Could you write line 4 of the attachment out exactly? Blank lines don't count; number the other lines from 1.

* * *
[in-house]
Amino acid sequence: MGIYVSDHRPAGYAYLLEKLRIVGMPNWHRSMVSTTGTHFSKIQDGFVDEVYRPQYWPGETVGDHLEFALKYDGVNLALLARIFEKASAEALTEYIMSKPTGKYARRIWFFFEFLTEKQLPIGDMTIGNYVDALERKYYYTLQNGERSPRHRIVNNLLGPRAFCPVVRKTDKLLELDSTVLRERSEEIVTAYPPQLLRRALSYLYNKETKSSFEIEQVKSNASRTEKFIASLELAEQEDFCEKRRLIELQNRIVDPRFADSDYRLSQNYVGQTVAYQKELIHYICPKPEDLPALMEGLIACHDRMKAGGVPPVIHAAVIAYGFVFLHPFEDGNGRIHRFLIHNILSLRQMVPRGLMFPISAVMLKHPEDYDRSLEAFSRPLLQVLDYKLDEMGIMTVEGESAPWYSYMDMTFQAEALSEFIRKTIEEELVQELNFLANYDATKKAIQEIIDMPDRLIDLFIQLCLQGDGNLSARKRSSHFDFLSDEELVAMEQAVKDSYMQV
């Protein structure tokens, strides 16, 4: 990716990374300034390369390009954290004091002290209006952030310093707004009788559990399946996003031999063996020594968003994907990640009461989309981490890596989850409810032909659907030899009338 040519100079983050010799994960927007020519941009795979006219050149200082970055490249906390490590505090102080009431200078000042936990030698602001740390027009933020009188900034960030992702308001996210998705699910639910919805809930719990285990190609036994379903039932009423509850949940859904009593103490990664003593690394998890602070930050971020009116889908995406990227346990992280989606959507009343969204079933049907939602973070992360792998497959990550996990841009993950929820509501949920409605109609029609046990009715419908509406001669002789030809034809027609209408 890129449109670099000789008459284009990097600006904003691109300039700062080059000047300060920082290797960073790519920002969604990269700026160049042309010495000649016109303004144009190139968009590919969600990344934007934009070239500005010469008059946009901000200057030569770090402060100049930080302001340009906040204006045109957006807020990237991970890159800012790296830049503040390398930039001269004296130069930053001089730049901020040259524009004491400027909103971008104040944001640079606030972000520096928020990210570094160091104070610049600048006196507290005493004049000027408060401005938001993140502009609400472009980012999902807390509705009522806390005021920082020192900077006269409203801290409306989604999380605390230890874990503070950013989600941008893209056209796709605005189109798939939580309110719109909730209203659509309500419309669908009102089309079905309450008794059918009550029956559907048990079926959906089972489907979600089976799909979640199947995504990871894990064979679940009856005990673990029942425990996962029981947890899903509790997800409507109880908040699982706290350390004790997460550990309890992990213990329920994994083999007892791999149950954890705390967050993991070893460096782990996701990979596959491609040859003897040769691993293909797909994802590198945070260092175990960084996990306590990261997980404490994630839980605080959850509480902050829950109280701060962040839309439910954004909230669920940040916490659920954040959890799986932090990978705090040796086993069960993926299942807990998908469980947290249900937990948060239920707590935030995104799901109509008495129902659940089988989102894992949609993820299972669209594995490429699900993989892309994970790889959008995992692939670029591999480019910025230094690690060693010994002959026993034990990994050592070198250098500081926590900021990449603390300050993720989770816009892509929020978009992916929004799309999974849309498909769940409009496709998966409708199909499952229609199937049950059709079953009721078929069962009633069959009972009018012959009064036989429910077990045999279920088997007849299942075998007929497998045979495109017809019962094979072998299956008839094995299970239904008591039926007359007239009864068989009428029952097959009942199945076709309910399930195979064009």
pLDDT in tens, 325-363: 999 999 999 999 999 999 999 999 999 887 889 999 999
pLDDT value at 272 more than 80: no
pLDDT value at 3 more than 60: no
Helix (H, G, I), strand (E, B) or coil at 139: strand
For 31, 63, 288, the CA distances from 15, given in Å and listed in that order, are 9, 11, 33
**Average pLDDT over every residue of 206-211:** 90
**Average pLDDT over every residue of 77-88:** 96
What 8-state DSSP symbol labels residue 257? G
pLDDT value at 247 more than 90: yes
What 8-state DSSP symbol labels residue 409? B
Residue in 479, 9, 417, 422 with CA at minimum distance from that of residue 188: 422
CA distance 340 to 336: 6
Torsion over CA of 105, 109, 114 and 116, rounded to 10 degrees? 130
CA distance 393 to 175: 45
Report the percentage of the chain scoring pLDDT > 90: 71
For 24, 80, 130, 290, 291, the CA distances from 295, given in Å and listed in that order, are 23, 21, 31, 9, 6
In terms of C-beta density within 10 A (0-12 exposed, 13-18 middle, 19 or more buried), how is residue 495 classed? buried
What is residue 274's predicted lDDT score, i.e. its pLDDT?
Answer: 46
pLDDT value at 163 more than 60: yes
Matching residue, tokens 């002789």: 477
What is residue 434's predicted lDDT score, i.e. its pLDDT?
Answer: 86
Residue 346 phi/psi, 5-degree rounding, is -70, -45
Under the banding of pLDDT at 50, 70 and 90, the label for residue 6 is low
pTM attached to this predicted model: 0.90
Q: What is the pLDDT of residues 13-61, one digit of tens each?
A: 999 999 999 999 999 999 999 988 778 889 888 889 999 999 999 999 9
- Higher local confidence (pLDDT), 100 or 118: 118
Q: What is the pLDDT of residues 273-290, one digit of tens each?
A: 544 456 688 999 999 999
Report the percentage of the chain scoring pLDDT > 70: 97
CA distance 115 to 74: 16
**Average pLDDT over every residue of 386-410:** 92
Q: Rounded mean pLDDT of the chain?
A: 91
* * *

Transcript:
pLDDT in tens, 325-363: 999 999 999 999 999 999 999 999 999 887 889 999 999